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New Drone Owner's Guide

Unwrapping a new drone this Christmas? Here’s some advice for Day One

If you’ve woken up on Christmas morning to find a drone sitting under the tree, congratulations! It looks like 2020 will be the year you get into flying and embrace a technology that’s making a huge impact in all sorts of ways.

We’ve put together a few pointers for new drone pilots. If you’ve landed here as a new, proud owner of a drone, read through the tips below before taking off.

Don’t fly indoors straight away

There are no official statistics stating how many brand new drones are immediately unwrapped, charged up and flown directly into the Christmas tree on day one. But as far as we can tell from the many, many Youtube uploads, the figure is high.

So golden rule number one is simple: don’t be that person. As exciting as it is to unbox a new drone, have a little patience and make sure your first flight isn’t indoors.

Even the most sophisticated drones around today struggle to fly reliably inside. There’s no GPS and all of that festive lighting disrupts obstacle detection systems. You get the picture: New drone. Christmas tree. Confined space. Eager pilot...It’s a recipe for an expensive (and messy) disaster.

Register your drone

If you live in the USA and your new drone weighs between 0.55 pounds and 55 pounds, you’ll have to register it before flying.

If you are flying for fun, you have to register with the FAA as a Recreational Flyer or "modeler" and label your new drone with your registration number. It costs $5 for three years and the whole process can be done online.

If you want to use your drone for commercial purposes, you’ll need to go through the FAA’s Part 107 process.

Get familiar with your drone apps

One thing you can do straight away is download the application you need to fly your drone and get familiar with how it works.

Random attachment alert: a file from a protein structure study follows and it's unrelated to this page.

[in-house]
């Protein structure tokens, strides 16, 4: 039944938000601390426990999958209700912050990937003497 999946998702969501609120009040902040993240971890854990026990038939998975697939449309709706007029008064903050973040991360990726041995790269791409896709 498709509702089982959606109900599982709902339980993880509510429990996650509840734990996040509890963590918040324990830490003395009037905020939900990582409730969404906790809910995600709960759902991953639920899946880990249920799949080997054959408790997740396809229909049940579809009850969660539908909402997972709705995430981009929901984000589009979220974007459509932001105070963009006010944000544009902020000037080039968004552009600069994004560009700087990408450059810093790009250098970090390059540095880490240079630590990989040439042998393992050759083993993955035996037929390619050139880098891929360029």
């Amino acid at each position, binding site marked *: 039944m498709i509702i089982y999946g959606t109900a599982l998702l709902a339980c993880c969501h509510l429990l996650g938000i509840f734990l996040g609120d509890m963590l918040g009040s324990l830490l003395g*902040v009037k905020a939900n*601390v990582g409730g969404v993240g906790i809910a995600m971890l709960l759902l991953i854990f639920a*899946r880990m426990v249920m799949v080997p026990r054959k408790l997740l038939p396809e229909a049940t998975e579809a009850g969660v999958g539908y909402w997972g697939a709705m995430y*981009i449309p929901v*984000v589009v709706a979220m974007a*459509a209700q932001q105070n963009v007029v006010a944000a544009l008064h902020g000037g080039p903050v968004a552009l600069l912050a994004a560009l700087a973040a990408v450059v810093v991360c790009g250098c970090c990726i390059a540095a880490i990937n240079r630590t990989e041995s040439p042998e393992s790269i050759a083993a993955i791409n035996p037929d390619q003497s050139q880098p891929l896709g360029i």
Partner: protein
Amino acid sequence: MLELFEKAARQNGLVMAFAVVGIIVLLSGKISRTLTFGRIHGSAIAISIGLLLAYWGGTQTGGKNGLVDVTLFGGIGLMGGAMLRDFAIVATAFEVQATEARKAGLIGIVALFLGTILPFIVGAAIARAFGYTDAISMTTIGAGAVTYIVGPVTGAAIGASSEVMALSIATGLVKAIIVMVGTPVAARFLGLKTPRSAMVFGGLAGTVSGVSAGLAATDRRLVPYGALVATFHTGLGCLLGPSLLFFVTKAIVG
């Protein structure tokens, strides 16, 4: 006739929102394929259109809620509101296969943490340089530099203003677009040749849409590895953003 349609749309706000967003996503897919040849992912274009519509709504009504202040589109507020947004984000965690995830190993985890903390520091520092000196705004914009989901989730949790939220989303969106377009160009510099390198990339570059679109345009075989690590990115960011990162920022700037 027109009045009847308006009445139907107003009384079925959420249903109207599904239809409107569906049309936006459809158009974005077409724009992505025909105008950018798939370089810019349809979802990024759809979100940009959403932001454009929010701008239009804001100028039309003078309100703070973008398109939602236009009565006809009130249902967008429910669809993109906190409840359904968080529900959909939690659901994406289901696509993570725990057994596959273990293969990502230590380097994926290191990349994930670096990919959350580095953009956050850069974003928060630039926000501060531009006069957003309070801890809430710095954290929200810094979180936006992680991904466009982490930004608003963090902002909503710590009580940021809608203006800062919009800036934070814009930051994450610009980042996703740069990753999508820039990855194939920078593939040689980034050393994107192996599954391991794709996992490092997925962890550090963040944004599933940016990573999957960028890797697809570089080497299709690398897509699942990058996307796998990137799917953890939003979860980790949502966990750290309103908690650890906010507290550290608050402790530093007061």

Learn how to navigate all of the drone’s functions and camera settings before you head out for your first flight. You may also need to register with your drone’s manufacturer and download updates before you can fly.

Speaking of apps, one of the first you should download is B4UFLY by the FAA & Kittyhawk. It provides recreational flyers with important airspace information, ensuring that you don’t fly anywhere that’s restricted.

Follow the rules of the sky

Once your drone is registered, the next step is to familiarize yourself with the FAA’s regulations regarding drone flights.

You can read through the full FAA rules here, but some of the most important regulations to follow include:

  • You must fly your drone at or below 400 feet in uncontrolled or "Class G" airspace.
  • You can’t fly in controlled airspace (around and above many airports) unless:
    • You receive an airspace authorization for operations in controlled airspace through LAANC (Low Altitude Authorization and Notification Capability)
    • You are flying at a recreational flyer fixed site that has a written agreement with the FAA.Keep your drone within your line of sight, or within the visual line-of-sight of a visual observer who is co-located and in direct communication with you.
  • You must not fly in airspace where drone flight is prohibited. Airspace restrictions can be found on the FAA’s interactive map. Temporary flight restrictions can be found here.
  • Never fly near other aircraft.
  • Never fly over groups of people, public events, or stadiums full of people.
  • Never fly near emergencies such as any type of accident response, law enforcement activities, firefighting, or hurricane recovery efforts.
  • Never fly under the influence of drugs or alcohol.

If you violate any of these safety requirements and operate in a careless or reckless manner, you could be liable for criminal penalties.

Find somewhere safe for your first flight

Which brings us to an obvious final step: finding somewhere safe (and legal) for your first flight. It’s certainly obvious, but judging by the amount of Christmas tree collisions every year, many new pilots are not taking a minute to consider the best options.

We recommend finding somewhere with no obstacles, no people and plenty of wide-open space. That way there’ll be less pressure and less risk of having an expensive accident.

Controlling the latest drones isn’t necessarily hard. In fact, with all the safety features and the latest computer vision technology, it’s much easier than it used to be. But things can happen quickly and complacency is the worst enemy of every drone pilot.

No matter how confident you are behind the controls, always take your new drone for a spin at a sensible location.

That’s all for our advice for new pilots this festive season. If you’re thinking about using your new drone for commercial missions in the future, check out our Part 107 Guide.

Tags: Drone Pilots Drone Tips Drones
Malek Murison
Malek Murison

Malek Murison is a technology journalist based in London who covers drone industry news and product reviews for DroneLife. He's written features for the Financial Times and works with some of the drone world's most exciting startups.


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